What Do GDP Growth Curves Really Mean?

I think there's some kind of miscommunication going on here, because I think what you're saying is trivially wrong while you seem convinced that it's correct despite knowing about my point of view.

No it doesn't. It weighs them by price (i.e. marginal utility = production opportunity cost) at the quantities consumed. That is not a good proxy for how important they actually were to consumers.

Yes it is - on the margin. You can't hope for it to be globally good because of the argument I gave, but locally of course you can, that's what marginal utility means! T... (read more)

Petrov Day Retrospective: 2021

Strong upvote for the comment. I think the situation is even worse than what you say: the fact is that had Petrov simply reported the inaccurate information in his possession up the chain of command as he was being pressured to do by his own subordinates, nobody would have heard of his name and nobody would have blamed him for doing his job. He could have even informed his superiors of his personal opinion that the information he was passing to them was inaccurate and left them to make the final decision about what to do. Not only would he have not been bl... (read more)

What Do GDP Growth Curves Really Mean?

The reason I bring up the weighting of GDP growth is that there are some "revolutions" which are irrelevant and some "revolutions" which are relevant from whatever perspective you're judging "craziness". In particular, it's absurd to think that the year 2058 will be crazy because suddenly people will be able to drink wine manufactured in the year 2058 at a low cost.

Consider this claim from your post:

When we see slow, mostly-steady real GDP growth curves, that mostly tells us about the slow and steady increase in production of things which haven’t been revo

2johnswentworth3moNo it doesn't. It weighs them by price (i.e. marginal utility = production opportunity cost) at the quantities consumed. That is not a good proxy for how important they actually were to consumers. I'm mostly operationalizing "revolution" as a big drop in production cost. I think the wine example is conflating two different "prices": the consumer's marginal utility, and the opportunity cost to produce the wine. The latter is at least extremely large, and plausibly infinite, but the former is not. If we actually somehow obtained a pallet of 2058 wine today, it would be quite a novelty, but it would sell at auction for a decidedly non-infinite price. (And if people realized how quickly its value would depreciate, it might even sell for a relatively low price, assuming there were enough supply to satisfy a few rich novelty-buyers.) The two prices are not currently equal because production has hit its lower bound (i.e. zero). More generally, there are lots of things which would be expensive to produce today, will likely be cheap to produce in the future, but don't create all that much value. We just don't produce any of them, To think properly about how crazy the future would be, we need to think about the consumer's perspective, not the production cost. A technological revolution does typically involve a big drop in production cost. Note, however, that this does not necessarily mean a big drop in marginal utility. Now, I do think there's still a core point of your argument which survives: The thing it tells us is that the huge revolution in electronics produced goods whose marginal utility is low at current consumption levels/production levels. When I say "real GDP growth curves mostly tell us about the slow and steady increase in production of things which haven’t been revolutionized", I mean something orthogonal to that. I mean that the real GDP growth curve looks almost-the-same in world without a big electronics revolution as it does in a world with a big ele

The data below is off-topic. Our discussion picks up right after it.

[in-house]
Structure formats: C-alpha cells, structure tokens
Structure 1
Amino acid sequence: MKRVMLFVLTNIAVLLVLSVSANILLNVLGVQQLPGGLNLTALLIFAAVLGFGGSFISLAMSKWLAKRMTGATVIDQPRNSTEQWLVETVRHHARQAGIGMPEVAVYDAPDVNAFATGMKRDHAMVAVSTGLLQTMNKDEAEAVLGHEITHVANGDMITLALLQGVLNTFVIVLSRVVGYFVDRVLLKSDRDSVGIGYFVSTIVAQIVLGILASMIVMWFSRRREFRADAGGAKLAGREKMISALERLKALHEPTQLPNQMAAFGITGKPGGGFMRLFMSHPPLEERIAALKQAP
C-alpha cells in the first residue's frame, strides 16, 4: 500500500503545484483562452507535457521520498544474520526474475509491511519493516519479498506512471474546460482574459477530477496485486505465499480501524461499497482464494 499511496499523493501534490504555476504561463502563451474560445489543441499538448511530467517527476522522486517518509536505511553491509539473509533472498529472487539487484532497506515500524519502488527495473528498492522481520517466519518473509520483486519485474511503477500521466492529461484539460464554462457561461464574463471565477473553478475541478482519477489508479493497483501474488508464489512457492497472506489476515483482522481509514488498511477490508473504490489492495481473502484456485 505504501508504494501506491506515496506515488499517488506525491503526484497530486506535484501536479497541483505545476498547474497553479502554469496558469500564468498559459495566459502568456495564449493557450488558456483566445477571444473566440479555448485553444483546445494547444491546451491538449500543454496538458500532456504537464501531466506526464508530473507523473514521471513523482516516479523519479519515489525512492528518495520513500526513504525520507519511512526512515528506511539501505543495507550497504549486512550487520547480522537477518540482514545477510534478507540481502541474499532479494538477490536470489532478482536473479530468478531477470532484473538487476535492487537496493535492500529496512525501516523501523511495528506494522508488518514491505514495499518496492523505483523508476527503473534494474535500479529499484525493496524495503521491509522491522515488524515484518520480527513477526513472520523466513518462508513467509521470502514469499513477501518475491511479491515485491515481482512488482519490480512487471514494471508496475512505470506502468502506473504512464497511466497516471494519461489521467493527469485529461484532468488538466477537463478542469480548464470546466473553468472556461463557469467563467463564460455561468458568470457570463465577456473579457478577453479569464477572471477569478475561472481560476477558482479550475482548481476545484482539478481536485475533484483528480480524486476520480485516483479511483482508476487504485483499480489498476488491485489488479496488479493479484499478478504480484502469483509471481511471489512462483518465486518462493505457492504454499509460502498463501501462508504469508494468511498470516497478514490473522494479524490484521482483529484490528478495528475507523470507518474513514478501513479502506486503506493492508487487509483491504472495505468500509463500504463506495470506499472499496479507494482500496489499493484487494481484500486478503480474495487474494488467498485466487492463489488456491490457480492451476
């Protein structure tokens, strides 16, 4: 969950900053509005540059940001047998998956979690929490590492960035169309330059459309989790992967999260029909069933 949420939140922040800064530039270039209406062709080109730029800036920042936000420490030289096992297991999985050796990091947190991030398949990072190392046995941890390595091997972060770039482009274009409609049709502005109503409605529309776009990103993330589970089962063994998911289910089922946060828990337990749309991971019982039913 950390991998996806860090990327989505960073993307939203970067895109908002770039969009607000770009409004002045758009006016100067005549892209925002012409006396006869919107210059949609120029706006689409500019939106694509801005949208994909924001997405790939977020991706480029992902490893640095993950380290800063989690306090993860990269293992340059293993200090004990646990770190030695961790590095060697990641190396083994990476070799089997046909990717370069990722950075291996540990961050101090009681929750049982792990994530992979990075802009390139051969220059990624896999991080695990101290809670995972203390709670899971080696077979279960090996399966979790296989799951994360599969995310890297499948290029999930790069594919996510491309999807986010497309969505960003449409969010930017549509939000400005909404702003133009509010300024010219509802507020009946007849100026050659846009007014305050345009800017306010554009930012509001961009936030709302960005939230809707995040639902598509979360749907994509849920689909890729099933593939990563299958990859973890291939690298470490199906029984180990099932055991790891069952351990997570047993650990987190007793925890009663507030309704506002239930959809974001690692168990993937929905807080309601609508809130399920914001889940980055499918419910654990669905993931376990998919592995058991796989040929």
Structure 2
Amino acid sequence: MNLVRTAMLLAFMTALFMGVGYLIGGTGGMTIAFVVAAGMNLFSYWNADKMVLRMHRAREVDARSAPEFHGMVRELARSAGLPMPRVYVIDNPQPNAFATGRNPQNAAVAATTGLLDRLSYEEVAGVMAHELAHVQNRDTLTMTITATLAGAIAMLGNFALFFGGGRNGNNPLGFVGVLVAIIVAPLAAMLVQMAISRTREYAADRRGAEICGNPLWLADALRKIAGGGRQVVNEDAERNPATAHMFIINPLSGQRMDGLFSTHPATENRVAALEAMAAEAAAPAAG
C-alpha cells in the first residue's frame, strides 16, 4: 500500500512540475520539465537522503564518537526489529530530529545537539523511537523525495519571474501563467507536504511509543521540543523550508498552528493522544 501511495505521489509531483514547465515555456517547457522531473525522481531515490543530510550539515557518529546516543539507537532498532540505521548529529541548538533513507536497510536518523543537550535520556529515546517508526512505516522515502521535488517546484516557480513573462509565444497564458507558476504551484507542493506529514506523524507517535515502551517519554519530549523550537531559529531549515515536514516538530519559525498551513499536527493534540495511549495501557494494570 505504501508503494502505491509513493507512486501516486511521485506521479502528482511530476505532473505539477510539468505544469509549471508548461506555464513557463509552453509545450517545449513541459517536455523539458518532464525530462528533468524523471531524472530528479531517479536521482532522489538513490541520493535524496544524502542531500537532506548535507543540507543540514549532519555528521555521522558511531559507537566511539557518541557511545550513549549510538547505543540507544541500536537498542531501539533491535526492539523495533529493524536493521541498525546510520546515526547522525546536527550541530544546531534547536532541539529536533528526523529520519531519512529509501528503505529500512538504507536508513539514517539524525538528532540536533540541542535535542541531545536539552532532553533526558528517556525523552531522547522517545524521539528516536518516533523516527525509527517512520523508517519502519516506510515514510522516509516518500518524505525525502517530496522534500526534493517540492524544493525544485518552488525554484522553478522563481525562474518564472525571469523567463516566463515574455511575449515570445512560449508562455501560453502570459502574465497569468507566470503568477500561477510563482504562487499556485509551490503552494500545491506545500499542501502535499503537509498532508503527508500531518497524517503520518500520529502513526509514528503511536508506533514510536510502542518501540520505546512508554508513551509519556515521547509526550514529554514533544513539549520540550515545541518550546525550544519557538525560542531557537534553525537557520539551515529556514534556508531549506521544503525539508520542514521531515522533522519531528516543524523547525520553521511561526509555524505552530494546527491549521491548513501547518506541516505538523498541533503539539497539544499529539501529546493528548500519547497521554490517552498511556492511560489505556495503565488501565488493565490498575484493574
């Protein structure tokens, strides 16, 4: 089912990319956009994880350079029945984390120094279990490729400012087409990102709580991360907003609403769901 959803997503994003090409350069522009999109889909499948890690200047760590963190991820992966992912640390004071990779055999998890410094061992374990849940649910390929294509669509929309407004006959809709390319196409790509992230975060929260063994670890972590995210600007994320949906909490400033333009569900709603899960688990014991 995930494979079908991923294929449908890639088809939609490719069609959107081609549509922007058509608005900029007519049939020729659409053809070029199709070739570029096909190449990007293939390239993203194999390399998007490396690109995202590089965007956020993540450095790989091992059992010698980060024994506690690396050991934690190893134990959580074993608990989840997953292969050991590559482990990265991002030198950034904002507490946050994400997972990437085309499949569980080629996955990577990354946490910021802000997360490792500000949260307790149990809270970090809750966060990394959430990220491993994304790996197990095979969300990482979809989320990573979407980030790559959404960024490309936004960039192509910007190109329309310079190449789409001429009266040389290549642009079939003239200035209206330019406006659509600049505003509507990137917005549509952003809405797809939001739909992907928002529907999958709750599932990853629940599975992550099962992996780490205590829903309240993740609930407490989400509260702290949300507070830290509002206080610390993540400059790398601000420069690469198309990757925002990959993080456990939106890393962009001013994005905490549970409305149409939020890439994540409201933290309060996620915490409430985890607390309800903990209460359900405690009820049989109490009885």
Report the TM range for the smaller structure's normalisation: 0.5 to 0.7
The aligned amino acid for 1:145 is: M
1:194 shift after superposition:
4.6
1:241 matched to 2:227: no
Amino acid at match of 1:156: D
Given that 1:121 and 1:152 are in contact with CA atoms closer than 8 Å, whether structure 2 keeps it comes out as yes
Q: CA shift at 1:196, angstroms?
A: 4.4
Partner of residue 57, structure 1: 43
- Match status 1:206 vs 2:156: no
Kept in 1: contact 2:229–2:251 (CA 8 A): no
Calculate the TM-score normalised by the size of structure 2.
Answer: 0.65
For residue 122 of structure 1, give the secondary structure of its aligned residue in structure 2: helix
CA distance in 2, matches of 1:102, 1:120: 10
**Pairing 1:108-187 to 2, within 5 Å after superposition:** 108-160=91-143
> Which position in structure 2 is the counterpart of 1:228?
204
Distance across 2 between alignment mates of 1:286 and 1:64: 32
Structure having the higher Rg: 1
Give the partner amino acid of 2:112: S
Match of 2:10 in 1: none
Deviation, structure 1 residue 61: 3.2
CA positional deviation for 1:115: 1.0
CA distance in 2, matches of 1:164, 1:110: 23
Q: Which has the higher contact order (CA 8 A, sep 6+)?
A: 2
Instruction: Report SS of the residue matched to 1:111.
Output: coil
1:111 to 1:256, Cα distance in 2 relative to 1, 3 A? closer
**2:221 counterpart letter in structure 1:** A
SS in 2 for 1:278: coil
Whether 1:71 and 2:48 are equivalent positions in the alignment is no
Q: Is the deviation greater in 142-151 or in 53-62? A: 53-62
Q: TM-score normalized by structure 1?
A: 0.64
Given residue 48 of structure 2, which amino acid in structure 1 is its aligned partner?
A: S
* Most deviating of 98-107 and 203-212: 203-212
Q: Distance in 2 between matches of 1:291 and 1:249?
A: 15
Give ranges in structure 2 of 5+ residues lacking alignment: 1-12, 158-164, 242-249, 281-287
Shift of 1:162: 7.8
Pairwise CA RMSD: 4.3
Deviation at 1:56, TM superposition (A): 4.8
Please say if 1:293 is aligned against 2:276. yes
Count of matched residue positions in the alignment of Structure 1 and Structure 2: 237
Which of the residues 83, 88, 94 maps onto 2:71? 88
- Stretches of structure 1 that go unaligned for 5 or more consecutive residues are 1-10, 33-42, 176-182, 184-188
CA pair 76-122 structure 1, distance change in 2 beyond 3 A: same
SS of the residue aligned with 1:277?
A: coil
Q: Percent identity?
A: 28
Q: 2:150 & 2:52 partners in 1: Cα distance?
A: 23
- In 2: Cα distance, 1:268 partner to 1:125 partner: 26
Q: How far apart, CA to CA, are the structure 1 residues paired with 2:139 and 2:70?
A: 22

What Do GDP Growth Curves Really Mean?

In addition, I'm confused about how you can agree with both my comment and your post at the same time. You explicitly say, for example, that

Also, "GDP (as it's actually calculated) measures production growth in the least-revolutionized goods" still seems like basically the right intuitive model over long times and large changes, and the "takeaways" in the post still seem correct.